Normally you do sprint intervals on a moving treadmill by alternating between rest and running at its fastest setting, but try this advanced twist: leave any treadmill off, and use your own two legs to power the belt for an incredible sprint workout.
As someone who has worked for fitness equipment manufacturers, please don’t do this and if you do this in a commercial gym, you ought to be kicked out.
First of all there three types of treadmill motors: A/C, brushless DC motors, and traditional DC motors. For sure you will cause damage to traditional DC motors doing this. On brushless DC motors, you might not be damaging the motor directly, but any resistance you feel is current that you are generating that is going somewhere. It’s either going into the circuitry and damaging it, or it is overheating some safety resistor. It’s also possible that the head roller or drive pulley is not moving at all and what you feel is actually the drive belt or the running belt slipping on the roller. This will damage a $450+ belt (on commercial machines) that is designed to slide against a phenolic surface, not a metal roller . On AC motors, this is pointless since any resistance you feel is between the belt and the deck and belt. If the belt is working correctly, there should be almost no resistance on an AC treadmill. Stick with bikes and ellipticals for this kind of workout, they use alternators which are designed to generate current and have circuitry to dissipate it appropriately.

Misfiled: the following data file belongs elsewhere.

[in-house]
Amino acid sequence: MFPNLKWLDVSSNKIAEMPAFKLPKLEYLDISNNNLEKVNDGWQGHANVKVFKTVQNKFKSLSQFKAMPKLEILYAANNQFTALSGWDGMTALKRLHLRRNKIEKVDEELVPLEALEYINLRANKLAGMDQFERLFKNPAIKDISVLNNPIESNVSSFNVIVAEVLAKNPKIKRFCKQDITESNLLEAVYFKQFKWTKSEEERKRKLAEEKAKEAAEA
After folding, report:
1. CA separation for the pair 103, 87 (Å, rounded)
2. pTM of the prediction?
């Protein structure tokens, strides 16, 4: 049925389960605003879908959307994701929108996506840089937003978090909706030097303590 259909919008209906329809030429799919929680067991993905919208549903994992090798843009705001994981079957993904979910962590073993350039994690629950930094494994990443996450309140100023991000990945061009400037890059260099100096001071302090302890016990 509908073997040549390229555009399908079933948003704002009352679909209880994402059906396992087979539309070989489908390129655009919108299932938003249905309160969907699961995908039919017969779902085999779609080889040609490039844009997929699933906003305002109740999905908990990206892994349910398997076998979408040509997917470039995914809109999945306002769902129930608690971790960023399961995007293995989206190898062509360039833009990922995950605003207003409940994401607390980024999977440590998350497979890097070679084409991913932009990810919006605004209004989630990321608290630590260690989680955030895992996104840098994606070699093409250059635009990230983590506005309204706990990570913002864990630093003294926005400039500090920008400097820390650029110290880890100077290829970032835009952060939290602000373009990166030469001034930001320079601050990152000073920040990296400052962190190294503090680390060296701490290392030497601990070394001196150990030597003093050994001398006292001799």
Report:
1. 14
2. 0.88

TLDR: Doing this could be damaging to electronically powered treadmills. If you choose to do this, please proceed at your own risk.
There’s also a big difference between compression and encapsulation sports bras. Panache brand makes an amazing underwire sports bra that encapsulates, meaning it has molded cups that all but eliminate movement and support without smashing them into a uniboob mess. Enell is the most famous of the compression bras, but leaves you smashed into a uniboob mess. But YMMV.
…I’m happy to see a new meta-analysis that brings together the evidence on one particular aspect of this question: the relationship between strength training and running economy, which is the measure of how much energy you burn to run at a given pace. I’ve written before about evidence that strength training does indeed improve running economy, but you get a much clearer picture by systematically assessing all the available evidence rather than looking at individual studies.
For a frame of reference, the average male has a VO2max of 35-40ml/kg min (the average is less for females); this meta analysis indicated an average increase of 2.32ml/kg min for elite athletes with a VO2max already above 60…
The study was a meta analysis of other studies, attempting to generalize results among the five publications that met their inclusion criteria. One of those criteria was that the participants had to have a VO2max above 60ml/kg min, placing them well above the average.
Generalizing these results to the average person may not be too valuable, especially when other training changes will likely cause a larger increase in VO2max….